Figure 2. Explanations of the plots used to visualize the DTF analysis. Each panel shows different properties of the connectivity as quantified by the DTF in our analysis. (A) Visualization of the full connectivity matrix within a given frequency range (here 8–12 Hz) for a specific 1-s segment from a given patient (#6). Each element in this matrix represents the median LDTF from a given source channel (x-axis) to a given sink channel (y-axis), and the strength is given by the color (color bar, right). Two examples are indicated by black arrows and circles in the matrix, showing the relatively strong (red) information flow from Cz to T7, and the relatively weak (blue) information flow in the opposite direction, from T7 to Cz. (B) Topographical representation of the source channels' strengths of information outflow from the same 1-s segment presented in (A). The positons of channel labels indicate their relative locations on the head as seen from above (nose pointing up). In this 1-s segment, the medial channels are strong, whilst more lateral channels are weaker, sources of information outflow. (C) Shows how each channel's strength of information outflow changes with time (x-axis). Red arrows mark important points. Here, it marks the time of the 1-s segment visualized in the figures in (A,B). All figures use the same color scale, shown by the color bar.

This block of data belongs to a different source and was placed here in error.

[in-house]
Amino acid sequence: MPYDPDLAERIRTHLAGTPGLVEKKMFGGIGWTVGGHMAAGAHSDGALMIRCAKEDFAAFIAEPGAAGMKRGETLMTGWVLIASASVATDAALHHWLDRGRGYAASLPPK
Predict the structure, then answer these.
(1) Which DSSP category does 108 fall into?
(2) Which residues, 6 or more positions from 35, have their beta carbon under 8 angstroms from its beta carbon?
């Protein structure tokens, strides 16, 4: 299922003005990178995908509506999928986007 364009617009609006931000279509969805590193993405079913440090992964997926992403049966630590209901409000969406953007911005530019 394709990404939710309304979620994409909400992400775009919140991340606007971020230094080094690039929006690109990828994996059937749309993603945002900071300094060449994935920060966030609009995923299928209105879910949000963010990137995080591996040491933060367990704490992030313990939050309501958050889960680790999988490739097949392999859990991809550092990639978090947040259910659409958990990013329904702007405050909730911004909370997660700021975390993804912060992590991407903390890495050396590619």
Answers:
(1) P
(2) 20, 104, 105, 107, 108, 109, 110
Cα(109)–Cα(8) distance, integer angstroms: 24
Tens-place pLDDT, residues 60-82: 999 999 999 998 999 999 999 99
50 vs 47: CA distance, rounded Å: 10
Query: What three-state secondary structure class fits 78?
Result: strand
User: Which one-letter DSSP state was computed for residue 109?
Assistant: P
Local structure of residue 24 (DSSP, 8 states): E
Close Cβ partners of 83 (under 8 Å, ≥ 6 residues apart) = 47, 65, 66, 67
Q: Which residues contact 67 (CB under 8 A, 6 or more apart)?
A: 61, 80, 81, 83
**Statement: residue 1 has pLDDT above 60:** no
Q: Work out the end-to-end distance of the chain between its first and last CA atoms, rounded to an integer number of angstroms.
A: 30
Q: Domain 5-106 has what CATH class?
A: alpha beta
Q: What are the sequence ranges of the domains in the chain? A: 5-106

Throughout this study, the median was used when a summary statistic was needed, because it is more robust than the mean with regards to outliers caused by artifacts in the EEG data (Schumacher et al., 2011; Dukic et al., 2017). This is particularly important since the data in this study was not manually inspected and cleaned.
To assess whether the LDTF could distinguish between the anesthetized and awake state in patients, we needed a method for objectively classifying the data driven purely by the LDTF values. This was done by separating the data set into two parts: a learning set and a test set. The training set is was used to quantify the properties of the LDTF in the anesthetized and awake state for all except one patient in the data set. Then the generalizability of these differences was tested by their ability to correctly classify the state of the final patient every second.
More concretely, an in-house algorithm was implemented to objectively classify the patient as anesthetized or awake based on the LDTF values calculated from 1-s segments of raw EEG. To achieve this, a 5-s moving median LDTF was calculated for a patient, yielding a smoothed time-course of LDTF values with 1-s time resolution (the test set). The LDTF values from all other patients were pooled together (resampled to control for autocorrelation time in the LDTF and to make the number of data points in each condition of equal size), and were used to generate distributions of LDTF values for all channel pairs (the training set). So, when classifying the state of a given patient, the basis for the classification were the empirical distributions of LDTF values from all the other patients.